Physical and Mathematical Sciences is a broad sector, with many potential career paths for those with qualifications and suitable skillsets, including medical work, engineering, teaching, finance and technology.
The engineering sector itself is made up of a wide range of companies providing a diverse range of products and services.
The most usual route is through taking a degree at a third level college, often following this with a post graduate qualification.
Students can study mechanical engineering at Level 6, 7 or 8 in colleges across Ireland or they can study a general engineering degree then specialise in mechanical engineering in the final year.
Physicists want to understand how the world works, in every detail and at the deepest level. This includes everything from elementary particles, to nuclei, atoms, living cells, solids, liquids, gases, living organisms, the brain, supercomputers, the atmosphere, galaxies and the universe itself.
There is a whole host of career opportunities for mechanical engineering graduates.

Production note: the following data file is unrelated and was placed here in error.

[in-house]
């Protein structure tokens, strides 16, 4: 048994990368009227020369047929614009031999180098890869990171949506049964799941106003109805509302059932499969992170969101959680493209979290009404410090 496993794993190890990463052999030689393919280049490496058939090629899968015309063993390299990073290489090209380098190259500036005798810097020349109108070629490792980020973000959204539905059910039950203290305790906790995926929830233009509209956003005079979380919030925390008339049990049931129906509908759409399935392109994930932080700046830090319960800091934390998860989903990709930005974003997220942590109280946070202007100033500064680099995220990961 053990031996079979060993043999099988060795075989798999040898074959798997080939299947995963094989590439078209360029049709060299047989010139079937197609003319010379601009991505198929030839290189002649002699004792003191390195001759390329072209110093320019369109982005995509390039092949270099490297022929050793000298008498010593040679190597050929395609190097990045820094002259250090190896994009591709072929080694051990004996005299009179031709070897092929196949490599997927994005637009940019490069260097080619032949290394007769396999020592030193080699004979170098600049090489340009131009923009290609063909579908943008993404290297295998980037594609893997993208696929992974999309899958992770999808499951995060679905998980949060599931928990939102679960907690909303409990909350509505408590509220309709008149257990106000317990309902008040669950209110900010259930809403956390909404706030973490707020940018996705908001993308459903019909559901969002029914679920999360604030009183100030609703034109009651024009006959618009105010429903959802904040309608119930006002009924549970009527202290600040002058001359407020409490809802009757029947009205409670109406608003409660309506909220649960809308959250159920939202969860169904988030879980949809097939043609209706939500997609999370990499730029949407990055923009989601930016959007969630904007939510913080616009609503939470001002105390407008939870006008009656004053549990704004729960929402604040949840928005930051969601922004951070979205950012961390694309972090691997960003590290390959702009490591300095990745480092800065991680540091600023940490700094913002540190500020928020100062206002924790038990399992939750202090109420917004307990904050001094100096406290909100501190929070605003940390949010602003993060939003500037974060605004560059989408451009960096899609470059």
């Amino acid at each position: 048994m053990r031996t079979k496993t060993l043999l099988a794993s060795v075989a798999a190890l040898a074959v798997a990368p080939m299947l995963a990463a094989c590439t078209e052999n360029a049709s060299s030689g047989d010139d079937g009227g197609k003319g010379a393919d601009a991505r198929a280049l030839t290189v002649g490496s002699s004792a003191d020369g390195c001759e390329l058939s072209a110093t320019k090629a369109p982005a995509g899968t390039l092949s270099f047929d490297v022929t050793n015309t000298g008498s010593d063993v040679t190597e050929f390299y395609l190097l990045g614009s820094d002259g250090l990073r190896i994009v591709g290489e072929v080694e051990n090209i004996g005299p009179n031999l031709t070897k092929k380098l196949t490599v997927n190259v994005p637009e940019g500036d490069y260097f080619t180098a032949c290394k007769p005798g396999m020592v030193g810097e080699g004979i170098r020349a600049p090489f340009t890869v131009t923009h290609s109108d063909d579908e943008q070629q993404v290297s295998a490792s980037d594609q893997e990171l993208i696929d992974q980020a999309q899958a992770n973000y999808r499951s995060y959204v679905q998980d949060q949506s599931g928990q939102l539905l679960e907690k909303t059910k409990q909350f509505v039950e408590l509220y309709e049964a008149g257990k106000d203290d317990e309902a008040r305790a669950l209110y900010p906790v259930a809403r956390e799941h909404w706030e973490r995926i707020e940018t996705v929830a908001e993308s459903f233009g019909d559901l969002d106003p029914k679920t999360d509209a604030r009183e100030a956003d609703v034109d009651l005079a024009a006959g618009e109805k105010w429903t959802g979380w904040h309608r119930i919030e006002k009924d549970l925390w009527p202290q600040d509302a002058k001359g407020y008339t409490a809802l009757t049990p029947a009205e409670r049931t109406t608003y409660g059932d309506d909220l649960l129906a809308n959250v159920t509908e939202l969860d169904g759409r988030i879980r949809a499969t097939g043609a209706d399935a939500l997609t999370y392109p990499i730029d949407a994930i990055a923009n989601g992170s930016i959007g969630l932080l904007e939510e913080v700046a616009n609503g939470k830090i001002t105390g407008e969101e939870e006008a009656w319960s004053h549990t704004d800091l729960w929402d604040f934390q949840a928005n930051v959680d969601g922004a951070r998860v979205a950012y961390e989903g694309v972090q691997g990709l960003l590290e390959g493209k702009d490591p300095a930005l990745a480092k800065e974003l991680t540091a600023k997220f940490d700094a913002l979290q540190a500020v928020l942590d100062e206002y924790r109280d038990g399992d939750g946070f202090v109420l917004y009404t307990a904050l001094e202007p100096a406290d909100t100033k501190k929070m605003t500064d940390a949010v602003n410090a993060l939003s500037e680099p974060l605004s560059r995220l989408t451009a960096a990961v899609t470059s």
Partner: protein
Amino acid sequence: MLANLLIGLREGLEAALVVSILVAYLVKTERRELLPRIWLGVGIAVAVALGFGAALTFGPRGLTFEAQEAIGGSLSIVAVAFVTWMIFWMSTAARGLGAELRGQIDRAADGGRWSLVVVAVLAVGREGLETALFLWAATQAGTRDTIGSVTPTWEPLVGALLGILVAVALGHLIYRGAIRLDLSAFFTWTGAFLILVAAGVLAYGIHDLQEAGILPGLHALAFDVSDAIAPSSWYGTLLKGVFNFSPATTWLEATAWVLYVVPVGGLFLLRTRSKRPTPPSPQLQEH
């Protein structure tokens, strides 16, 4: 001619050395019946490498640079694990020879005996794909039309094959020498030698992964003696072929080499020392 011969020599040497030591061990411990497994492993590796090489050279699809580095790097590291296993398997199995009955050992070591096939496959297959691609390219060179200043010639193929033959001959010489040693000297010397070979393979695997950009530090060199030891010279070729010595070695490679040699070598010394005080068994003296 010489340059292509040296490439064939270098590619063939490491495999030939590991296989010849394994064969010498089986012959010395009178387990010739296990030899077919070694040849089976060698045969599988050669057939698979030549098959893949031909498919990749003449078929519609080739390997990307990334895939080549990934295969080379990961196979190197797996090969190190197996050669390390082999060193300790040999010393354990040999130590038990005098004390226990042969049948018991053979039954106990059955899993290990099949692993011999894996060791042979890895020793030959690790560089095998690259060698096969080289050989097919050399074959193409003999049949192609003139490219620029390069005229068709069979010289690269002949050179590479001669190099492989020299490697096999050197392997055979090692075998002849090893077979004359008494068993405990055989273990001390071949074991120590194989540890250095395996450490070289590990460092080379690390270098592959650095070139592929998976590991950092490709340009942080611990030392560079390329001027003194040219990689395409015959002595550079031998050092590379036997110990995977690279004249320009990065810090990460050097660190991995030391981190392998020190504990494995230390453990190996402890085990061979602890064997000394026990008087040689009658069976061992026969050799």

A wide range of opportunities exist in both electrical and electronic engineering.
Smart Futures is a government-industry programme providing science, technology, engineering andmaths (STEM) careers information to second-level students, parents, teachers and careers guidance counsellors in Ireland.
Who are the people who most influenced your career direction?
Describe a typical day?
I have a meeting every morning with the HR team followed by a review of metrics for a different topic in the Training arena on a daily basis. During the day I'll meet various business leaders across all roles to promote and drive a learning strategy that gives results to the organization & the people within.
What are the main tasks and responsibilities?
What are the main challenges?
What aspects of your education have proven most important for your job?
What advice would you give to someone considering this job?
What kinds of work experience would provide a good background for this position?